Wintery weather - and fallen barns - putting local food systems to the test

Talk to any New Englander, and this is probably the worst winter they've experienced. I, like anyone else, can commiserate about the winter thus far, but, if you've been following local food culture over the past few weeks, you'll find that winter has been equally trying and even devastating for farmers. But, this winter has also proven the strength of local food communities...

Barn fire at Pete's Greens
(image from Pete's Greens)
On Jan. 12, 2011, Pete's Greens, a four seasons vegetable farm in Craftsbury, VT, lost its central barn as well as hundreds of thousands of dollars worth of equipment and food in an early-morning fire. It didn't take long for farm CSA members and locals from the community to get behind farmer Pete Johnson and his farm. Information made available through the The Center for an Agricultural Economy, a farm dinner at Applecheek Farm and a community-wide "Bid for the Barn" online auction (organized by the Mad River Valley Localvore Project) were all efforts that proved to be successful, both in raising money for Pete's Greens in its rebuilding efforts and bringing the community together in a time of crisis. It's truly inspirational that these groups and individuals tapped into their respective talents in order to stand behind a local producer in need.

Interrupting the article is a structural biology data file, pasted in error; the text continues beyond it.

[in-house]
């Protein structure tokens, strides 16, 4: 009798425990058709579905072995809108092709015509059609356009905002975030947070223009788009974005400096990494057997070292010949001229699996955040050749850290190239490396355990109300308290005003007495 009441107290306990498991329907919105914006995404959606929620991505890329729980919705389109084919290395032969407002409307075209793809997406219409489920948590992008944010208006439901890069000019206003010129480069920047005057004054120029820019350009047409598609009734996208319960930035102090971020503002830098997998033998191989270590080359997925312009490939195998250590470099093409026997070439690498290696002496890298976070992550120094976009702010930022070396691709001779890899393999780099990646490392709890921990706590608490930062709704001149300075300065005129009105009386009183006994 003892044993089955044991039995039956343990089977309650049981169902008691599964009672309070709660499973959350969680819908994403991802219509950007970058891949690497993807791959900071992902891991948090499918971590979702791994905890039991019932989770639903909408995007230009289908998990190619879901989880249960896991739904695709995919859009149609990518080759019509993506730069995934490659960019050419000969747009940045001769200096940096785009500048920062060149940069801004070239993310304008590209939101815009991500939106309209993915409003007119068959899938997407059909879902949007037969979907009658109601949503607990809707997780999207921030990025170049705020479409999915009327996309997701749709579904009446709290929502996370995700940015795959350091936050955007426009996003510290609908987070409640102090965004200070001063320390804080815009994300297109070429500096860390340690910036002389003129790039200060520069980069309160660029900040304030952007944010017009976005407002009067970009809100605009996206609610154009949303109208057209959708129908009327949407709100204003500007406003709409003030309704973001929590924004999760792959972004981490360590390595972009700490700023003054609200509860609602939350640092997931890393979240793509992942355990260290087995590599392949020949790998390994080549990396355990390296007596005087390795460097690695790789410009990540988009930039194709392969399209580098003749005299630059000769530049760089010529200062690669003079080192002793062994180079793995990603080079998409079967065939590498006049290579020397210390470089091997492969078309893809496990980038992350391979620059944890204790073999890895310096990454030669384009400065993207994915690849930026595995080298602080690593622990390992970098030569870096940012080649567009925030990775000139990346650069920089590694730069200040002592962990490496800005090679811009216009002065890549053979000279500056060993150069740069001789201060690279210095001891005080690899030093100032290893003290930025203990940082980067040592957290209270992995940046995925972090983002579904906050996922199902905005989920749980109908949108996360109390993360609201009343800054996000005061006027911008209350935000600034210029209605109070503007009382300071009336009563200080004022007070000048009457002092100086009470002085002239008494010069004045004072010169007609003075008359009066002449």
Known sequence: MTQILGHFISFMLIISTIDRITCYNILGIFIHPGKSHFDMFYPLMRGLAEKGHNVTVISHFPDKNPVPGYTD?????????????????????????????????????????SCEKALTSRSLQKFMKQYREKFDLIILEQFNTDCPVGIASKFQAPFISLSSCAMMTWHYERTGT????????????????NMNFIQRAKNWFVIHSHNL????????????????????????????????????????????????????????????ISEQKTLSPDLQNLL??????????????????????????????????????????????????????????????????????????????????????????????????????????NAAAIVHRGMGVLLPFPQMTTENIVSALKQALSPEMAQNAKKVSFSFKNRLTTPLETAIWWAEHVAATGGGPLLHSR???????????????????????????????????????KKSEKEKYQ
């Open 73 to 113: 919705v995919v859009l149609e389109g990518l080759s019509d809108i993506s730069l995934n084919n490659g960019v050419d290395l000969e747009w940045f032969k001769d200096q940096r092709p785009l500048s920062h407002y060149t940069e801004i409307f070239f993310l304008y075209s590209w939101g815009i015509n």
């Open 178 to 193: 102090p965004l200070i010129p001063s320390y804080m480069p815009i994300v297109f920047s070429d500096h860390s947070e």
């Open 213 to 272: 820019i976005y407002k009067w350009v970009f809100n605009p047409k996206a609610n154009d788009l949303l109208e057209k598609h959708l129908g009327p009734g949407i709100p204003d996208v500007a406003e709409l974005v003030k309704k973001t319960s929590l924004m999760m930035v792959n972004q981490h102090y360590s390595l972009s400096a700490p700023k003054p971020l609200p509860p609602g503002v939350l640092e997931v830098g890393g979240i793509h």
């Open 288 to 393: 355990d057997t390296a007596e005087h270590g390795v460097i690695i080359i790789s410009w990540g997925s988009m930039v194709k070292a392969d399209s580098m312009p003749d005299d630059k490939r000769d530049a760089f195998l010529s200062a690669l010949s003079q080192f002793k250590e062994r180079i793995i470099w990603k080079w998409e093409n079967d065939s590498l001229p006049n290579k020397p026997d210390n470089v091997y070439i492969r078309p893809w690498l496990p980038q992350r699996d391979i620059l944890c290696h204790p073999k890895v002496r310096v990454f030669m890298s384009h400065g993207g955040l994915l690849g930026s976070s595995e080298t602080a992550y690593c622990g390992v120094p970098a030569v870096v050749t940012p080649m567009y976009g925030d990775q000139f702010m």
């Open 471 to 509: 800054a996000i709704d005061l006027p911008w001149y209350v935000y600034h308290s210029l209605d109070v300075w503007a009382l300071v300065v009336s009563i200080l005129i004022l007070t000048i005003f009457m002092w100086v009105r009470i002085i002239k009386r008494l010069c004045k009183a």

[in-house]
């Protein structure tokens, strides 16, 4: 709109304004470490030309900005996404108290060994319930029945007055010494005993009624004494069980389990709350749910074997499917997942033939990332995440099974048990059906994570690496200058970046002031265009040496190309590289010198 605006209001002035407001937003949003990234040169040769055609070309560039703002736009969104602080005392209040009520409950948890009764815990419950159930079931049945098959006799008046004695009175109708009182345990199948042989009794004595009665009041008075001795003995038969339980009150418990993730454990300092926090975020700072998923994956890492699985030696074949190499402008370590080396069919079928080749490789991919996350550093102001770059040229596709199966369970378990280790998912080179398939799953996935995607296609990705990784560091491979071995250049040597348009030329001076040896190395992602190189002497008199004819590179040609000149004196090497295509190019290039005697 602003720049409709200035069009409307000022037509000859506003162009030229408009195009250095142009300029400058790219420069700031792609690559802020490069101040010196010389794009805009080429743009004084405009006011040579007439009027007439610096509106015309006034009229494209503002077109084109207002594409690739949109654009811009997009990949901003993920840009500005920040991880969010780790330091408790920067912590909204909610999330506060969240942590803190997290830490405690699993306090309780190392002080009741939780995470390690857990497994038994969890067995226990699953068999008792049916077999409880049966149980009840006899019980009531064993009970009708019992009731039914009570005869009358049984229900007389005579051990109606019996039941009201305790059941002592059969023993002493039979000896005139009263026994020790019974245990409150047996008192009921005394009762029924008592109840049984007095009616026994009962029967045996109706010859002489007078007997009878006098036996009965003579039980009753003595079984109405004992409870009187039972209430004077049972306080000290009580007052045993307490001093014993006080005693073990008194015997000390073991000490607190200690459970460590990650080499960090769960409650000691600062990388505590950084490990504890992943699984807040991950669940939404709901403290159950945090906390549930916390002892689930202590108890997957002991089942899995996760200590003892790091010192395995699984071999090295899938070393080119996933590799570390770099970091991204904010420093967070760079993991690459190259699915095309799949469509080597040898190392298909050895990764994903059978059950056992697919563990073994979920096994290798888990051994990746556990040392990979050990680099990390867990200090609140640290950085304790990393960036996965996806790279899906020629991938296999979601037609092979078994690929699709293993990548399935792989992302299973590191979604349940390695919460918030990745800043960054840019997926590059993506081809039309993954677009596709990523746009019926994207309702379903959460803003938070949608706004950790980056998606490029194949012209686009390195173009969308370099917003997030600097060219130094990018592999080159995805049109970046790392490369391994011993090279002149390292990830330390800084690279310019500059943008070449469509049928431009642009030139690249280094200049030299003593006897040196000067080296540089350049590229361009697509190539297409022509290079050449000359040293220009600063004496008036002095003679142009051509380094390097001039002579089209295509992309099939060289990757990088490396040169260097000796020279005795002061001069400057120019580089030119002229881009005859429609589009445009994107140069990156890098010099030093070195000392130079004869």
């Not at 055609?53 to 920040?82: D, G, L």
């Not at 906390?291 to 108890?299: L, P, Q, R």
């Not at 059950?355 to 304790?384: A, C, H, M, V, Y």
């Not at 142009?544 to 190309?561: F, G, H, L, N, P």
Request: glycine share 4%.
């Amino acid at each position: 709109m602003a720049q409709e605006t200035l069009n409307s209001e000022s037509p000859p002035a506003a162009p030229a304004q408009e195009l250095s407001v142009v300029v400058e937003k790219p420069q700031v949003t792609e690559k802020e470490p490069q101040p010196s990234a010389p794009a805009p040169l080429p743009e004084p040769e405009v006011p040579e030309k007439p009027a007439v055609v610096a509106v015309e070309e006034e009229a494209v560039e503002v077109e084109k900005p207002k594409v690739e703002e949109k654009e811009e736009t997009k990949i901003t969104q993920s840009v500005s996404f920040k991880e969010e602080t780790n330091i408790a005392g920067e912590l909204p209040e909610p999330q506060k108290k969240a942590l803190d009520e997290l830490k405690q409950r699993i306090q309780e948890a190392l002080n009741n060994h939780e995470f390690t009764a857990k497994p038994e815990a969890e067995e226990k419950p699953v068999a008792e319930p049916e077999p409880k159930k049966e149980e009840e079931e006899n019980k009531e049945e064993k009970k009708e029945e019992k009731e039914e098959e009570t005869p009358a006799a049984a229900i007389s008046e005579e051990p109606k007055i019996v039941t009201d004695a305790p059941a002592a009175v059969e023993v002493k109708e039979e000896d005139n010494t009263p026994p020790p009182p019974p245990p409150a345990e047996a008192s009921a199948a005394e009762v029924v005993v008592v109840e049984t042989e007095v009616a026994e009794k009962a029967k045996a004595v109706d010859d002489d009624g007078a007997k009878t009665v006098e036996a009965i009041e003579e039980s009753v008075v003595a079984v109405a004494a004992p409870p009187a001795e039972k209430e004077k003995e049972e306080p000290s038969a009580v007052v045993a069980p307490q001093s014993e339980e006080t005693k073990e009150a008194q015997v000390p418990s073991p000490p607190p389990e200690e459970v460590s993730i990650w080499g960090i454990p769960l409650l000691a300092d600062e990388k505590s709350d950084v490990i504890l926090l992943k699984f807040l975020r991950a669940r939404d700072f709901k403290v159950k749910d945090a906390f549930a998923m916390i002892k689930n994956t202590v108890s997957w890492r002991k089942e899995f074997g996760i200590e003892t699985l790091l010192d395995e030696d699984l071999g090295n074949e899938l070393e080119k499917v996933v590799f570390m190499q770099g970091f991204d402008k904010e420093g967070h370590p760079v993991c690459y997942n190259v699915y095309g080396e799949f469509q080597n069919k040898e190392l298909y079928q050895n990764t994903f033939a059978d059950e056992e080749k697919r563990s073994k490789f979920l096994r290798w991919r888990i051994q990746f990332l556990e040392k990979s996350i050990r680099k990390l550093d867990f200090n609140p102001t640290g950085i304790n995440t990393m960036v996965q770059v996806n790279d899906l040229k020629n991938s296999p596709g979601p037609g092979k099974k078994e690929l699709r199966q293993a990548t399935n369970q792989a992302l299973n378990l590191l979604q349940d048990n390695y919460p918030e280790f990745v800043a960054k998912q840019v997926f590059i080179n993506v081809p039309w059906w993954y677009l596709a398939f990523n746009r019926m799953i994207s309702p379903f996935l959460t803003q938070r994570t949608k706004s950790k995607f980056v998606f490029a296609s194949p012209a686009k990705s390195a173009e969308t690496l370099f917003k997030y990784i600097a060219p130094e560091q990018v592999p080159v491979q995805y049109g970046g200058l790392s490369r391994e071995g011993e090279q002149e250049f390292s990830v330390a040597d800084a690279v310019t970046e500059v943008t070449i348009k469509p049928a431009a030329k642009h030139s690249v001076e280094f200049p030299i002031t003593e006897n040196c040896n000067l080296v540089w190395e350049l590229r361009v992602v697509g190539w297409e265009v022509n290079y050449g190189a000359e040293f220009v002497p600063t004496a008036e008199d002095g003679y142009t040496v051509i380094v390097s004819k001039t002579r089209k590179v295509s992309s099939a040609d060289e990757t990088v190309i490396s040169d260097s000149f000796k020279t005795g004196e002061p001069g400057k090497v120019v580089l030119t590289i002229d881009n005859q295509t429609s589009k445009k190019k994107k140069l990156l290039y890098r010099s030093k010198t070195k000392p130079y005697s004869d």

Collapsed greenhouse @ Topmost Herb Farm in Coventry.
(Image from Topmost Herb Farm)
Connecticut is no stranger to damaging weather - just look at the damage to over 300 farm buildings, as reported by the Hartford Courant. On Jan. 3, 2011, Topmost Herb Farm in Conventry, CT lost its greenhouse - where beloved herb and tomato plants begin their life - to the weight of snow and ice. It took only a few hours for the food community in the Coventry area to rally around Topmost. The Facebook wall for the Coventry Farmers' Market was abuzz with information, questions and outpourings of support for the farm. Already in the works: A "Grow the Greenhouse" work party, planned for tomorrow (Saturday, Feb. 12, 10-12) and a collection of goods, services and donations for an eventual online auction.

The following statement may sound stupid, but it needs to be said: These events are vivid reminders that farming is indeed a year-round occupation, lifestyle and way of life. It's totally dependent on the seasons, and, more importantly, upon the livelihood of the farm's community network. What I admire most about farmers is that don't - nor can they afford to - wallow in the past. They keep moving, especially if they want to survive, and they must rely on the positivity and love of those around them to ensure the longevity of their farms.

Don't know how to show your love this Valentine's Day? Well I do! Support your local farmer (collapsed barn or not), of course! Farmers' markets are indeed in many locations this winter, so check them out (there's lots of good gift ideas there as well...)